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Edmund Barton


Edmund Barton was the first Prime Minister of Australia and also a respectable judge and politician. Edmund Barton was also one of the founder members of the High Court of Australia. Edmund Barton has achieved a iconic status in the public eye because of his contribution to the Australian politics and his management of the Federation movement during the 1890’s.

Edmund Barton was born in Glebe Sydney in the year 1849 as the ninth child of William and Marie Louise Barton. He was very intelligent from his childhood and had a great love for music, literature and art. Edmund Barton received his education in Fort Street Model School and Sydney Grammar School. He graduated with a first class honors Masters degree in Arts from the University of Sydney and in 1871 he became a barrister.

In 1876, Edmund Barton stood for the legislative assembly in the graduate polls of the University of Sydney, but was defeated by William Charles. He was again defeated in the following election and finally in 1879, he won the University of Sydney’s seat in the Legislative Assembly. In those times, the political scenario of New South Wales was divided between the Free Trade Party who wished for an open economy and conservative Protectionist Party who were supporters of tariff protection for State products. The economic competition between the different Australian states was the primary obstacle in the creation of a centralized nation. Edmund Barton entered the Legislative Assembly as a Protectionist who stood for free trade between various different states of Australia. In 1883, he became the Speaker of the New South Wales Legislative Assembly. In 1884 he was elected as the President of the University of Sydney Union.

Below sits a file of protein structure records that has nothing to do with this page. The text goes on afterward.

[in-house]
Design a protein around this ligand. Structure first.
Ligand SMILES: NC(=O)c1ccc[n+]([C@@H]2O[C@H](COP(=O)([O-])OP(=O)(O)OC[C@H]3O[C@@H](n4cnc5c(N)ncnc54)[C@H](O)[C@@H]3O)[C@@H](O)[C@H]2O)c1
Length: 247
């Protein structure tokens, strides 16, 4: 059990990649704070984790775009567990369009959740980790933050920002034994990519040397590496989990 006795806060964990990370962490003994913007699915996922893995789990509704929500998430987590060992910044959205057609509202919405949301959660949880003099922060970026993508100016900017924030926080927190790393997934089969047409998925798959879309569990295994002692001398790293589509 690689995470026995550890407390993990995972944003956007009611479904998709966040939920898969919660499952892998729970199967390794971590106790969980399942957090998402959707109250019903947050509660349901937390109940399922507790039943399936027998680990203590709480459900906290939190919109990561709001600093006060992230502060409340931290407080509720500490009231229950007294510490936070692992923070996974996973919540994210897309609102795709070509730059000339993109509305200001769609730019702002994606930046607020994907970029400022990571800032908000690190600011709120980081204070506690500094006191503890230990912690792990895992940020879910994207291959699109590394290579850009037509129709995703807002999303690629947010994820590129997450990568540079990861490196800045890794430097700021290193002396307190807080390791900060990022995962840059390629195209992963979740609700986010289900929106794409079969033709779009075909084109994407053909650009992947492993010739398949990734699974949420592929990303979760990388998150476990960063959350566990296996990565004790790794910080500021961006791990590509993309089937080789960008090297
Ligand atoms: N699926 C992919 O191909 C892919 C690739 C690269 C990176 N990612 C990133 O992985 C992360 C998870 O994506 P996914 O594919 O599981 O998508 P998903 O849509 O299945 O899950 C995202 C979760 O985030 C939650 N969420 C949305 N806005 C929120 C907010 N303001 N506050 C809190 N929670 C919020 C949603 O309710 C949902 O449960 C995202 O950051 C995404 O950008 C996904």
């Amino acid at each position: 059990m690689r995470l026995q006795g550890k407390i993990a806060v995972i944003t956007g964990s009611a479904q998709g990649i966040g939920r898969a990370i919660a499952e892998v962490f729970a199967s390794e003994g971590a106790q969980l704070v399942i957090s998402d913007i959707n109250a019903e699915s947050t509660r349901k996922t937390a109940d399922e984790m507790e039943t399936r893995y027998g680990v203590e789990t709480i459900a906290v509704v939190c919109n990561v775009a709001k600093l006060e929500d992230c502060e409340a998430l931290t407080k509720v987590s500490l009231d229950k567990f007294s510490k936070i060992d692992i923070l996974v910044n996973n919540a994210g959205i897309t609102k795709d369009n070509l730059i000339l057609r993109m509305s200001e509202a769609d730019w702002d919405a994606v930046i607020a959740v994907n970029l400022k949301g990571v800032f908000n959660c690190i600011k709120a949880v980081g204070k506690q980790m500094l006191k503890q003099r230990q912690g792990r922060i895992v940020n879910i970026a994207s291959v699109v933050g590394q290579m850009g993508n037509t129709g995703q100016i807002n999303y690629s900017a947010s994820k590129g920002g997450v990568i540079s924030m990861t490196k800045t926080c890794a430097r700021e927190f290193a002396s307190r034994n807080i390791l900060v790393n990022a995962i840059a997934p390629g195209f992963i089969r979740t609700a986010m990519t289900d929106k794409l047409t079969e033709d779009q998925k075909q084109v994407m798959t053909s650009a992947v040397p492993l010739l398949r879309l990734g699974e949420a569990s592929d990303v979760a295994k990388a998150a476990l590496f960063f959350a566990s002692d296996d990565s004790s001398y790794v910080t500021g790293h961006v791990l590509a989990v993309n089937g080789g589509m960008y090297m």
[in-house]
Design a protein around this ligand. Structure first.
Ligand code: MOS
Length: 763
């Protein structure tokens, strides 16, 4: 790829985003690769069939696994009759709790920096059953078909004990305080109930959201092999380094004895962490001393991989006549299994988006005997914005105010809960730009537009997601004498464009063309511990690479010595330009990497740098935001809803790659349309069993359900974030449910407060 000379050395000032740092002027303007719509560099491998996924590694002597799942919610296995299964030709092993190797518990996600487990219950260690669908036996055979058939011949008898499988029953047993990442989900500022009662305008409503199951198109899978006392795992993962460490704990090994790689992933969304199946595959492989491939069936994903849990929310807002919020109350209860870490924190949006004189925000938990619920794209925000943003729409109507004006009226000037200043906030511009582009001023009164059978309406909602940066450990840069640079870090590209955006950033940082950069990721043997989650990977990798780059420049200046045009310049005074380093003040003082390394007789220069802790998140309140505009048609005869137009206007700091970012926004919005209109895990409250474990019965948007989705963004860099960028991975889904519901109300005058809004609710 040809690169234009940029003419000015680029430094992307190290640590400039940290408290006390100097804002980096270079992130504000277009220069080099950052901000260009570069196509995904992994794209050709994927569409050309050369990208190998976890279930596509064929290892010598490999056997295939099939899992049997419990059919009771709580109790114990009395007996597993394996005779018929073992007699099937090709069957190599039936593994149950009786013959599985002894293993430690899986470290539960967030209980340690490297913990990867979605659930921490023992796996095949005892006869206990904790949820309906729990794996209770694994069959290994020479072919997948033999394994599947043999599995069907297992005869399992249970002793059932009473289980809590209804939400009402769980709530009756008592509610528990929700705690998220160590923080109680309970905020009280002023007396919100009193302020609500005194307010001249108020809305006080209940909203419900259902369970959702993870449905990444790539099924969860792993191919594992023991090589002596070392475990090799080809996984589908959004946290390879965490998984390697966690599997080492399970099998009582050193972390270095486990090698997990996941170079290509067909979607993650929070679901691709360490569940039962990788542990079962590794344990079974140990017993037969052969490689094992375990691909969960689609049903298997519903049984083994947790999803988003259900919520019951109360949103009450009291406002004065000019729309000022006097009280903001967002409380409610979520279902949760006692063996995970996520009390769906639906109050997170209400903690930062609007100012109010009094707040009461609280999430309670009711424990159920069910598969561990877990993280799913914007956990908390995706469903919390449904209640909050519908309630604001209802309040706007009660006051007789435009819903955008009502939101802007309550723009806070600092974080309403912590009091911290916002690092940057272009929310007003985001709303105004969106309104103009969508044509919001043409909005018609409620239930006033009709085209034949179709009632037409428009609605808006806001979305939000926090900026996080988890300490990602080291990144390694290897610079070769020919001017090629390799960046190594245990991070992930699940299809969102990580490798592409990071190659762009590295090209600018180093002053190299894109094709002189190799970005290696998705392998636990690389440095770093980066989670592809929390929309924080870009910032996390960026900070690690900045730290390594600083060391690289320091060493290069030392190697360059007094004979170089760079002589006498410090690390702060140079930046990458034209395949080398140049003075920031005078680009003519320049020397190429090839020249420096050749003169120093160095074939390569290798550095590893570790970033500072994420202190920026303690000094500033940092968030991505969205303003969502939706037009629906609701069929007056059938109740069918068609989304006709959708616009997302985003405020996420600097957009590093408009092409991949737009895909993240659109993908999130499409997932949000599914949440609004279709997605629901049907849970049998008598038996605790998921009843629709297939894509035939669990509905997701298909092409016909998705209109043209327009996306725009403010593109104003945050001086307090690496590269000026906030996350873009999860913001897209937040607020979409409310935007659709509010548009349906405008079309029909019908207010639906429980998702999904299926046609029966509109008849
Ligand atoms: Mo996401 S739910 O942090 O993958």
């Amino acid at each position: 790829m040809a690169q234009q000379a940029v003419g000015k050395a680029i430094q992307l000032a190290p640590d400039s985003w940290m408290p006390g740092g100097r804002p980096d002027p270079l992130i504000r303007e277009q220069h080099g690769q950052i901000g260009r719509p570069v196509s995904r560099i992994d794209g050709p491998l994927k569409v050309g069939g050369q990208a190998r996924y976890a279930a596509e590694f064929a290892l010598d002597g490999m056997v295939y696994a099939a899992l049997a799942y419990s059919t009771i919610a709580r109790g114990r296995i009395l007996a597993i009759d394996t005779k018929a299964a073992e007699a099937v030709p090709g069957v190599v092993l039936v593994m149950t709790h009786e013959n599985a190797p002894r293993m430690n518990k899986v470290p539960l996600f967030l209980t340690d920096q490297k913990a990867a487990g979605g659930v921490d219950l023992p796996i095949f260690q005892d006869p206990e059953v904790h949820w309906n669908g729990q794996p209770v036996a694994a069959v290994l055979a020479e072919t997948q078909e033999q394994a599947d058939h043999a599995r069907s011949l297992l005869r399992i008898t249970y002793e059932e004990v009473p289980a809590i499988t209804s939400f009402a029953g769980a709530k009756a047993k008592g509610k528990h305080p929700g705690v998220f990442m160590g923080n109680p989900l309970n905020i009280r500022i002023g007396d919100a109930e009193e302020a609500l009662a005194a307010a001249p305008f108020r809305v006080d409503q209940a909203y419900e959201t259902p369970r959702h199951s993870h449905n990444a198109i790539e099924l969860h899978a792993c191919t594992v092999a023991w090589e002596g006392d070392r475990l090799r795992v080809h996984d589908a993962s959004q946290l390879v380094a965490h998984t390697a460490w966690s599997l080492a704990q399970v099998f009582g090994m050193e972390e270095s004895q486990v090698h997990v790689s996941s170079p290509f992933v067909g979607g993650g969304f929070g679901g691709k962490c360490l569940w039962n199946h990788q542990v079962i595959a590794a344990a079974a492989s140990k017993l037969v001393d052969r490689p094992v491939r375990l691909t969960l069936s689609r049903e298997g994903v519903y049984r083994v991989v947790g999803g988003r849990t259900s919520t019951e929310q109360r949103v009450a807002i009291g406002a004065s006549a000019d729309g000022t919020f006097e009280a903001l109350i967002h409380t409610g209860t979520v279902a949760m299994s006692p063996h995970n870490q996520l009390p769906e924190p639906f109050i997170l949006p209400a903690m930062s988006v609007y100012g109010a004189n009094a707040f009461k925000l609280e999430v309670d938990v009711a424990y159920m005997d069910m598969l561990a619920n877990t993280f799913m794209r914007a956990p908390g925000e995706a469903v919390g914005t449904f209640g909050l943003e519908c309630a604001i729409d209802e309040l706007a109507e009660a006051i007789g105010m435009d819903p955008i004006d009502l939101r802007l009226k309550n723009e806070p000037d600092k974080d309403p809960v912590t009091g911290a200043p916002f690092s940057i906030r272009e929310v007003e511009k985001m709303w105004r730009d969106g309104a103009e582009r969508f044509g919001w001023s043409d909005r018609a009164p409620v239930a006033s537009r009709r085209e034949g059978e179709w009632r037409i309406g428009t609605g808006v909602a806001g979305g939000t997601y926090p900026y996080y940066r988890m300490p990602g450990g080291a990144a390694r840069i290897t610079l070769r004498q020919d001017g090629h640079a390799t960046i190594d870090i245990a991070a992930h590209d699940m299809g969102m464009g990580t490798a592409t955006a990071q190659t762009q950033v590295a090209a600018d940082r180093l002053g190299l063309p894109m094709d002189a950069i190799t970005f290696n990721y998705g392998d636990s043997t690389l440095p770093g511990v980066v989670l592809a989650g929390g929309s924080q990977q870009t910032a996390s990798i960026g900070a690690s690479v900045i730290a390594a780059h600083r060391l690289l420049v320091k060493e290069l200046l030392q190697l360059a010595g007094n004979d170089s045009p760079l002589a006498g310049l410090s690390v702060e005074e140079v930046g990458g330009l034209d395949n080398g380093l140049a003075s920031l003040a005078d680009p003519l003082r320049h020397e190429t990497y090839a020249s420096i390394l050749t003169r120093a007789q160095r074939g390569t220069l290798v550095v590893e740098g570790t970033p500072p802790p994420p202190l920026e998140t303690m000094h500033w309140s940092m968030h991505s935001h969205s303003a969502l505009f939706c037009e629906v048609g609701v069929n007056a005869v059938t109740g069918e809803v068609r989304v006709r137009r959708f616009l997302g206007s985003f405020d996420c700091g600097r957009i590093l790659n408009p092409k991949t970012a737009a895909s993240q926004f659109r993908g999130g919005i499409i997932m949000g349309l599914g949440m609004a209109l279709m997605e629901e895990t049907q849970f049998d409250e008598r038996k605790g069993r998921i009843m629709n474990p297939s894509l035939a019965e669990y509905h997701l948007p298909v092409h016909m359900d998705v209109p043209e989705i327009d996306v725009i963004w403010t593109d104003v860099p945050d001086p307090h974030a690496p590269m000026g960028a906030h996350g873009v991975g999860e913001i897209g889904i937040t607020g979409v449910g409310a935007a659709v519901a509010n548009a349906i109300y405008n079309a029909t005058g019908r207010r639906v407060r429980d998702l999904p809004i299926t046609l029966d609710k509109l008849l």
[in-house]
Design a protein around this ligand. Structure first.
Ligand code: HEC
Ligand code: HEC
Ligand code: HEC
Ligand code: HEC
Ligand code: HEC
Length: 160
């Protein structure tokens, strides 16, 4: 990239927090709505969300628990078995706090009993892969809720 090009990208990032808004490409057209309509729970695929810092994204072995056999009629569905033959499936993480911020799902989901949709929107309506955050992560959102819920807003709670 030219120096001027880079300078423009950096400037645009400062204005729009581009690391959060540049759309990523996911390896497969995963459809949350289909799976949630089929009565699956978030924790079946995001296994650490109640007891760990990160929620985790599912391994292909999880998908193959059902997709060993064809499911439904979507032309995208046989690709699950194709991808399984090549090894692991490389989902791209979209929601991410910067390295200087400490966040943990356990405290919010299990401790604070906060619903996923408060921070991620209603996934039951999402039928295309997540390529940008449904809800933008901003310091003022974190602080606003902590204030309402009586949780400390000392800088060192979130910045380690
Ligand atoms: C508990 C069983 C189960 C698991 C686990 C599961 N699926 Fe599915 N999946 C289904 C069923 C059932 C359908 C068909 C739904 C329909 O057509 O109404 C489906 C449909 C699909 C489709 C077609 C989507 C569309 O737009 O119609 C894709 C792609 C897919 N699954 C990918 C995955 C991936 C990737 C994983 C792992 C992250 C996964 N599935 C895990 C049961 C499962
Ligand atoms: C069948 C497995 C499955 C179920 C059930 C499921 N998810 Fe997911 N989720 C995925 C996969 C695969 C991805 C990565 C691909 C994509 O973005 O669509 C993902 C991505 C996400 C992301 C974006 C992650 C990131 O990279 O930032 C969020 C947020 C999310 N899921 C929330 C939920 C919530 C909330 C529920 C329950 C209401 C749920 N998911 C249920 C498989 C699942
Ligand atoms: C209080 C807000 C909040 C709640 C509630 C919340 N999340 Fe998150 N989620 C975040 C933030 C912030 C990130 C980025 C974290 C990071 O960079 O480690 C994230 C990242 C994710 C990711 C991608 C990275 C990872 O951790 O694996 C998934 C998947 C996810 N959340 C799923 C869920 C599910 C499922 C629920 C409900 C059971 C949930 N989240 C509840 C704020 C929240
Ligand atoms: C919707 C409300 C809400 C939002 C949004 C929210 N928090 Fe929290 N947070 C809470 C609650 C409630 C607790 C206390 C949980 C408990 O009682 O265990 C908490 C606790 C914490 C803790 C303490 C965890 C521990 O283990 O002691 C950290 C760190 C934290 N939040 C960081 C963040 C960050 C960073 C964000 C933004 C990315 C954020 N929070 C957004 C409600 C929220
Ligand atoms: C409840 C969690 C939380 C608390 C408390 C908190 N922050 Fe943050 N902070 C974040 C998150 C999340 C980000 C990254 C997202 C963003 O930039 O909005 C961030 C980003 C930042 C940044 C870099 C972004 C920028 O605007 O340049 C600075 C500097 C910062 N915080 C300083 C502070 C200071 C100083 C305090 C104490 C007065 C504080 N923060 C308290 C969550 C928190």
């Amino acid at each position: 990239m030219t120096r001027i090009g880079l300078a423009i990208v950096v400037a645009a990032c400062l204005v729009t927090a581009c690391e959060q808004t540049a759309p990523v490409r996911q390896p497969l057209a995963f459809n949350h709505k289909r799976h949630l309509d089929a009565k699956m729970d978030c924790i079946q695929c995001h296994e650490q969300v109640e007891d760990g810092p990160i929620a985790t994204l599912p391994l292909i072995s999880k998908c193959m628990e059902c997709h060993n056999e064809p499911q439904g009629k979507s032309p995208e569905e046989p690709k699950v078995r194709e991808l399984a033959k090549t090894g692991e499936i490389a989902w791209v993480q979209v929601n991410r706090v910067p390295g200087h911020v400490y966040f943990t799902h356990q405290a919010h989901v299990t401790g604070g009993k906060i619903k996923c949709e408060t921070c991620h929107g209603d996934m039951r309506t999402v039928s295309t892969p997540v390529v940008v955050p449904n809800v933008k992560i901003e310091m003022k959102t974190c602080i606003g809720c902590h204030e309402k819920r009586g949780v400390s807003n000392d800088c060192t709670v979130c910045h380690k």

By the early 1890’s, Edmund Barton was engaged in different types of important official works. He made a significant contribution towards the first draft of the Australian Constitution in 1891. Edmund Barton became deeply involved in the drafting procedure and in the Federation movement from 1893-1897. It was he who was responsible for amending the Constitution and for finally getting it approved by the British Parliament in 1900. Although it was pre-determined that he would become the first Australian Prime Minister because of his immense contribution, the new Governor General Lord Hopetoun selected William Lyne as the Prime Minister. The Cabinet of Ministers completely opposed this decision and refused to work under Lyne. As a result, Edmund Barton was finally elected as the first Prime Minister of Australia and took the portfolio of Minister of External Affairs.

After being elected to the parliament, the main task for Edmund Barton and his ministry was to organize the first federal elections and he did this with élan. In September 1903, however, being worn down by the Prime minister’s duties and that of the long federation campaign, Edmund Barton resigned from his post. Immediately he was chosen as a judge for Australia’s first High Court. For the next 17 years, Edmund Barton carried on with his responsibility. On 20 January 1920, Edmund Barton died of heart attack at the age of 70 in the Blue Mountains, New South Wales.

On the personal front, Edmund Barton had married Jane Mason Ross in December 1877 and they had six children.

Edmund Barton was also made Knight Grand Cross of St. Michael and St. George in 1902.

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